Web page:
Sufficient sleep improves performance
Even if you're a diehard morning exerciser, the world will not come crashing down on you if you decide to skip a workout for a little extra sleep. Frankly, if you have to choose between getting a workout in or getting enough sleep, almost always you should err on the side of sleep. (Although if that means you never exercise, we should have a little chat about your other life priorities.)
The reality is that constant sleep deprivation is pretty much the best way to ensure poor performance at the gym. When you're sleep-deprived, your coordination, endurance, and perceived exertion all suffer, making exercise feel more challenging, while opening yourself up to the potential for injuries. Being sleep-deprived also whacks out your hormones, making you more likely to overeat during the day while reducing energy expenditure (burning fewer calories). Which, together, is pretty much the blueprint for weight gain.
Sleep is your body's opportunity to rest, repair, and recover from everything you throw at it. Consistently failing to get enough sleep pretty much guarantees your entire life will suffer, even if you're loathe to admit it. Darin Hulslander, a certified strength and conditioning specialist and nutritionist, says, "Sleep provides mental, hormonal, psychological, and physical recovery. It isn't just a physical need; it's physical, hormonal, and neurological."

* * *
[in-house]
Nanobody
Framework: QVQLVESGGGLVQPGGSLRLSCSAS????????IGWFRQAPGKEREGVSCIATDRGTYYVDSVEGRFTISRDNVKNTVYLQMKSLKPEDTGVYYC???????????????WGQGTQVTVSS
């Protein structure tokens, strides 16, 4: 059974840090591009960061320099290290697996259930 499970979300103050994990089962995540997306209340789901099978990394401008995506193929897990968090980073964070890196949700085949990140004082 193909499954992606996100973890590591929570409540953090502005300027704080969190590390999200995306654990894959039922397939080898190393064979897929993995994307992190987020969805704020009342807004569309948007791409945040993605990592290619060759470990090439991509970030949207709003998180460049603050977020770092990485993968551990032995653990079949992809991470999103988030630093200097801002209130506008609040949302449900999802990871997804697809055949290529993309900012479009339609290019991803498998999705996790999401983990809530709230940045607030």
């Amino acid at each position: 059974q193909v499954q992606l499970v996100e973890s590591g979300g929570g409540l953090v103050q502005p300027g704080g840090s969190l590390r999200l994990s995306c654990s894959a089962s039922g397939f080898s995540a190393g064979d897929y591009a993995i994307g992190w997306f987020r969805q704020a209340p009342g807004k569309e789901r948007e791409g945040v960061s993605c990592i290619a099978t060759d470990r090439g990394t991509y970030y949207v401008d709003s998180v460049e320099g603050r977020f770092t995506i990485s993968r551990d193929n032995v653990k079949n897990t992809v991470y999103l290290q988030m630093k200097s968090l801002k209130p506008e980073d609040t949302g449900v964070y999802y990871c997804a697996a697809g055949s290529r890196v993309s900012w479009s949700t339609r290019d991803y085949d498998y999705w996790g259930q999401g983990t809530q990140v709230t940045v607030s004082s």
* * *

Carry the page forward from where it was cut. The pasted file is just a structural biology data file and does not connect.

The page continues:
In other words, you could actually be a better athlete and a better human being if you just let yourself have another hour or two of rest in the morning.
It's not an either/or proposition, really
When it comes to sleeping in, I'm 100% for it. I hate mornings. You will not see me at the gym before 10am. Ever.
But I'm also 100% for fitting in exercise during your day, no matter what. It's not about sleep OR exercise, it's about sleep AND exercise. The two have a symbiotic relationship where one improves the other, and vice versa.
If morning workouts just aren't for you -- great! Don't do them. Use your mornings to guarantee you get as much quality sleep as possible, then go ahead and schedule in a workout during your lunch break or after work. You, and everyone else around you, will be better for the effort.